Why pay for it at all if someone else will? Holiday companies have realised that competitions are a good way of engaging people in their social media campaigns. There are loads of competitions around that invite you to send in photos of yourself in action, or record a video clip and post it on a facebook page. And the prizes can be substantial. On a rainy day it can be fun to record yourselves doing a family version of the ‘Twelve Days of Christmas’ dressed as a Christmas pudding. Or is that just us? Then how do you feel about impersonating a monkey, a giraffe or one of the animals you might find on a South African safari? In return for some monkeying about on camera, you could win a trip to South Africa for two adults and two teenagers in this Monkey See, Monkey Do contest. You’ve got till the end of January to film Dad roaring like a lion when the kids overstep the mark.
Make nature the attraction
Expensive ‘attractions’ can make a BIG hole in your holiday money. They’re often over in a few short hours and can be quickly forgotten or worse still remembered for the queuing and credit card bill. Interestingly a recent survey by Late Deals found 52% of travellers ignore famous landmarks on holiday. Maybe they’re the savvy ones. Focus your holiday around nature and you can slash the budget. We keep costs down on cycling holidays where we have no transport costs and a very small entertainment bill. Or you could walk part of an established route where your costs are limited to overnight hostel stays, picnics and plasters for blisters! Or switch from downhill to cross country skiing or snow shoeing; no lift pass needed, but still an amazing snow-filled experience.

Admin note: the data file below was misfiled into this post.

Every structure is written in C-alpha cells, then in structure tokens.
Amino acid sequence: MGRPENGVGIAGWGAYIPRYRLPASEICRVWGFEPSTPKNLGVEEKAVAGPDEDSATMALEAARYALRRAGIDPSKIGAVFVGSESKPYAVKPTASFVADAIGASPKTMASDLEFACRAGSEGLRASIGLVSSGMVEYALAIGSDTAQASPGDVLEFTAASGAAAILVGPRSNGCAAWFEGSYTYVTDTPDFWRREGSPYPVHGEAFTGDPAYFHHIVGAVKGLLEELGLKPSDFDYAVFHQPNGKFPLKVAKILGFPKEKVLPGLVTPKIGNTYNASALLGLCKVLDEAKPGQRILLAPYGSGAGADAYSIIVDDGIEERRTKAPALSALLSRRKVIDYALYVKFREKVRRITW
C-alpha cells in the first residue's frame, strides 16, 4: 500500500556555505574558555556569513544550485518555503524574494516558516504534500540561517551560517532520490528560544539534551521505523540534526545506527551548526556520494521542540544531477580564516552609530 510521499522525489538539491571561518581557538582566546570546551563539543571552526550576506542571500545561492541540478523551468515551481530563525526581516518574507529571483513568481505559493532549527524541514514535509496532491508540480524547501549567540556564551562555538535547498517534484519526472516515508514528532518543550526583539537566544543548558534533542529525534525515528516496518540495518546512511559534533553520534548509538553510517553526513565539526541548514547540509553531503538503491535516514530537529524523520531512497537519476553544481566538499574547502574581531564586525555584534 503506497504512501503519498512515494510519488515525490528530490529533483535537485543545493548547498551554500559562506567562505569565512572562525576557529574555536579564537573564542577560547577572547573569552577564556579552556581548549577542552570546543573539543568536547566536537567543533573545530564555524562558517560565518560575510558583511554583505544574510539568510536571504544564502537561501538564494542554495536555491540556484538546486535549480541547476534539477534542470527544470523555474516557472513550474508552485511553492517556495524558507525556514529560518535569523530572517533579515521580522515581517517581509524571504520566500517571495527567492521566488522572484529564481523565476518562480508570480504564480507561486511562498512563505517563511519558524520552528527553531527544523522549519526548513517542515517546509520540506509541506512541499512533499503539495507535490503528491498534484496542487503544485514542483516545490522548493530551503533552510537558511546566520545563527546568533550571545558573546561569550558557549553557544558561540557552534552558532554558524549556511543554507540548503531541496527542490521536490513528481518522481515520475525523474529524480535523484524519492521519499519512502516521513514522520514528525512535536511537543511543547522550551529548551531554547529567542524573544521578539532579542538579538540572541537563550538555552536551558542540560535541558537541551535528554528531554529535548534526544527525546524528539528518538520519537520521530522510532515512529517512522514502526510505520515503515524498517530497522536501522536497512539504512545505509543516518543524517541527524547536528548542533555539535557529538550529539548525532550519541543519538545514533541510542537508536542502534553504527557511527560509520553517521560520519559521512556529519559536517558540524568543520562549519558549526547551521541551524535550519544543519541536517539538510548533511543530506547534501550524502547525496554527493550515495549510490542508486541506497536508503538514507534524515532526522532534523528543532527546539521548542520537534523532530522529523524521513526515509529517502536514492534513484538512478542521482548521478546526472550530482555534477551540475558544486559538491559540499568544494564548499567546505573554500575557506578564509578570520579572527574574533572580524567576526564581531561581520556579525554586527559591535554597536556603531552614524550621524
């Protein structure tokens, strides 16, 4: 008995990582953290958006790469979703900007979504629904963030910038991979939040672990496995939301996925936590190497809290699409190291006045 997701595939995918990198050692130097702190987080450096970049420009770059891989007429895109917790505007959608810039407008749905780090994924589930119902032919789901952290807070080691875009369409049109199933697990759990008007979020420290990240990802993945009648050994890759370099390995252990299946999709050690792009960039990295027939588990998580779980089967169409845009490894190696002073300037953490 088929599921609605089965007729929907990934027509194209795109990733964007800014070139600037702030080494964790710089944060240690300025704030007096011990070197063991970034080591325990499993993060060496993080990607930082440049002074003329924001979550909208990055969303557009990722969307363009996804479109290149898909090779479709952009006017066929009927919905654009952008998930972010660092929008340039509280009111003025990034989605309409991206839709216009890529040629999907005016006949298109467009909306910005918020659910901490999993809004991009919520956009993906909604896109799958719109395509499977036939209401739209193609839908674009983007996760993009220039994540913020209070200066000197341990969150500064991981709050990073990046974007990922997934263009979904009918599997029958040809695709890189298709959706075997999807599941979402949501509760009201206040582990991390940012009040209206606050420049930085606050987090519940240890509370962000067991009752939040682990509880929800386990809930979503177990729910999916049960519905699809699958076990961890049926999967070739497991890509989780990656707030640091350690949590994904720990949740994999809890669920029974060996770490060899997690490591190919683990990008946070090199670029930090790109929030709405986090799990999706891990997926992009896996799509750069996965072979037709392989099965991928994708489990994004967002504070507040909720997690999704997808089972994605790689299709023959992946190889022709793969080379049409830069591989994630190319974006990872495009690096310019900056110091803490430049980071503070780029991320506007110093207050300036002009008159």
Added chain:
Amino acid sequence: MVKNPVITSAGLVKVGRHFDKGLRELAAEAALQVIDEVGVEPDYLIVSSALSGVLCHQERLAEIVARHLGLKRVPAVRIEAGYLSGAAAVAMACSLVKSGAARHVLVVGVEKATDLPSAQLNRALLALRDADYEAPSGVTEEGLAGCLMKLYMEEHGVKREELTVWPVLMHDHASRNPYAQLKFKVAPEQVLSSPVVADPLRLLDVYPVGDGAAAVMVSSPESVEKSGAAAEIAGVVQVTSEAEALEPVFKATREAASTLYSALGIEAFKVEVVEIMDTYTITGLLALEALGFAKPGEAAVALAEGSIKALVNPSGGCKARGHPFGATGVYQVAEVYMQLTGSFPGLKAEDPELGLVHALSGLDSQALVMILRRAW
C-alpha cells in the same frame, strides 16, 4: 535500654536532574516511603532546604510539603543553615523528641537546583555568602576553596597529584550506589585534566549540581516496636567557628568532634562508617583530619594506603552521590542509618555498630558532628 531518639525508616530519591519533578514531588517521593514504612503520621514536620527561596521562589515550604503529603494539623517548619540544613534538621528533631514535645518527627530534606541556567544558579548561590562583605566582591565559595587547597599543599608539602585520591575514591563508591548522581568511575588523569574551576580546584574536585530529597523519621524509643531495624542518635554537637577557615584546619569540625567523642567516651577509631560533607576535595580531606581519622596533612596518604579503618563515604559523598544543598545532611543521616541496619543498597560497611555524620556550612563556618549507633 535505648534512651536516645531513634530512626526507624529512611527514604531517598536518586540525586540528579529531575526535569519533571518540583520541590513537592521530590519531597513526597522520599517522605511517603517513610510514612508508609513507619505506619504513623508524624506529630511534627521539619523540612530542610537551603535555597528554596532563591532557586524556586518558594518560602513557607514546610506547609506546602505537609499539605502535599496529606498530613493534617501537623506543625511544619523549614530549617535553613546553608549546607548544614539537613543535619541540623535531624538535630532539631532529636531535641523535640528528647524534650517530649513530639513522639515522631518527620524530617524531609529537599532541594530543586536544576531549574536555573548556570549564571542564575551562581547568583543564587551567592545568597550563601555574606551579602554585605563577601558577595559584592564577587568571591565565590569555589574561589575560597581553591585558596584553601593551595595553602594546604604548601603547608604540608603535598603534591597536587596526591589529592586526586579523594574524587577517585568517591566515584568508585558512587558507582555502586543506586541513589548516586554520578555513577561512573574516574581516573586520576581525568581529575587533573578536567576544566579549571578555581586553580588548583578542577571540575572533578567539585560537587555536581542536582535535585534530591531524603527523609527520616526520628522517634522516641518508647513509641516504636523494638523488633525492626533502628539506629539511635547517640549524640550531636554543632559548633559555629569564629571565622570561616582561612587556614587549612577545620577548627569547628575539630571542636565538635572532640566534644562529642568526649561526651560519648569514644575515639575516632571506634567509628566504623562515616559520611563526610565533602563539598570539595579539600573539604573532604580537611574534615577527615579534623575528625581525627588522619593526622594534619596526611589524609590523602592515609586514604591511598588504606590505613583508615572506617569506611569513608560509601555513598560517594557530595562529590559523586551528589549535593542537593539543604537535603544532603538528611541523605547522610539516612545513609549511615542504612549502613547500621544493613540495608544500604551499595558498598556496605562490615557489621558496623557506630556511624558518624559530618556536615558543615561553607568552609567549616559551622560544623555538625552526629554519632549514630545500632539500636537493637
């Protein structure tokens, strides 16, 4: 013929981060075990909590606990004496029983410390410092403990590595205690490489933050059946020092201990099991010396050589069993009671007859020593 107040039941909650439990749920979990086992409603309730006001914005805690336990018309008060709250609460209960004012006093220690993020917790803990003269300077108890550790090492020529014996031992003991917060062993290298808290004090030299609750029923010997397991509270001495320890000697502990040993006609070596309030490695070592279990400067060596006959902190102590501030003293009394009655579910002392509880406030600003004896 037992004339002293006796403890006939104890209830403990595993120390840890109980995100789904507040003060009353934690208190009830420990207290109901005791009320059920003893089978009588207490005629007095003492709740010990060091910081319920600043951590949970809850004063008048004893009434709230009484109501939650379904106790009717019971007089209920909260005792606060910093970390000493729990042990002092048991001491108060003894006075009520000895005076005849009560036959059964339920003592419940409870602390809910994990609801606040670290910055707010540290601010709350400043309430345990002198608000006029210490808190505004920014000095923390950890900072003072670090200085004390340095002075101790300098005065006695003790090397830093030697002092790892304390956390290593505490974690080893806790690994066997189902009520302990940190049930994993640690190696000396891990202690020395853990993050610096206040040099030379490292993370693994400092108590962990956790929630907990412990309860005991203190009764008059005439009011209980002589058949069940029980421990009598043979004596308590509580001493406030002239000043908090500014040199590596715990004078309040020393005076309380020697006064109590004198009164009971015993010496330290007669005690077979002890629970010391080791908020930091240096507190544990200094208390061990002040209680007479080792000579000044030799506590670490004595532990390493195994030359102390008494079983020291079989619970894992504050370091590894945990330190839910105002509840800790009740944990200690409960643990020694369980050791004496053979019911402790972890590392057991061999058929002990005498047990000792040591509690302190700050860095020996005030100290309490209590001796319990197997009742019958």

Go somewhere cheap
It seems like common sense but if you’re a bit broke avoid expensive European destinations like Paris, Dublin and London. You might get a better deal in Athens or Lisbon right now. You’re not only helping them pay their debts back but you might get more value for your money. We had some great skiing experiences in Romania and Bulgaria that were something of a cultural education too! Countries that don’t use European currency can be cheaper; our money went a very long way in Latvia; even in the capital Riga. Or you might do the sums and find that even with your flight costs added in, an African or Asian country is kinder to your holiday budget overall.